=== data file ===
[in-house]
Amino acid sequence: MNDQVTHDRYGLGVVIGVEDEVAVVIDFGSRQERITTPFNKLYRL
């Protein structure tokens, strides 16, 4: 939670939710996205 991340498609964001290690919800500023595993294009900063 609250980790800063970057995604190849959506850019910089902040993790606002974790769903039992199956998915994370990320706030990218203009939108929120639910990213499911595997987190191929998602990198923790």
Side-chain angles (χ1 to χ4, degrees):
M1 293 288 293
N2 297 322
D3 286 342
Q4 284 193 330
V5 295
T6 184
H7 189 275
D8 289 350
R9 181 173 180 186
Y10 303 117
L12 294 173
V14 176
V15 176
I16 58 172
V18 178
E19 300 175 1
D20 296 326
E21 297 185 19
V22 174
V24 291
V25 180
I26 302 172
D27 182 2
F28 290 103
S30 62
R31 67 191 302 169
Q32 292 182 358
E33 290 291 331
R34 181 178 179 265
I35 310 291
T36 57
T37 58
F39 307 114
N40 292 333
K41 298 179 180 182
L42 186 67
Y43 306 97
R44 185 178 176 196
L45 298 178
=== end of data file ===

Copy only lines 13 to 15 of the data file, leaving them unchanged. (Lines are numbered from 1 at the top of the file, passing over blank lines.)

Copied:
R9 181 173 180 186
Y10 303 117
L12 294 173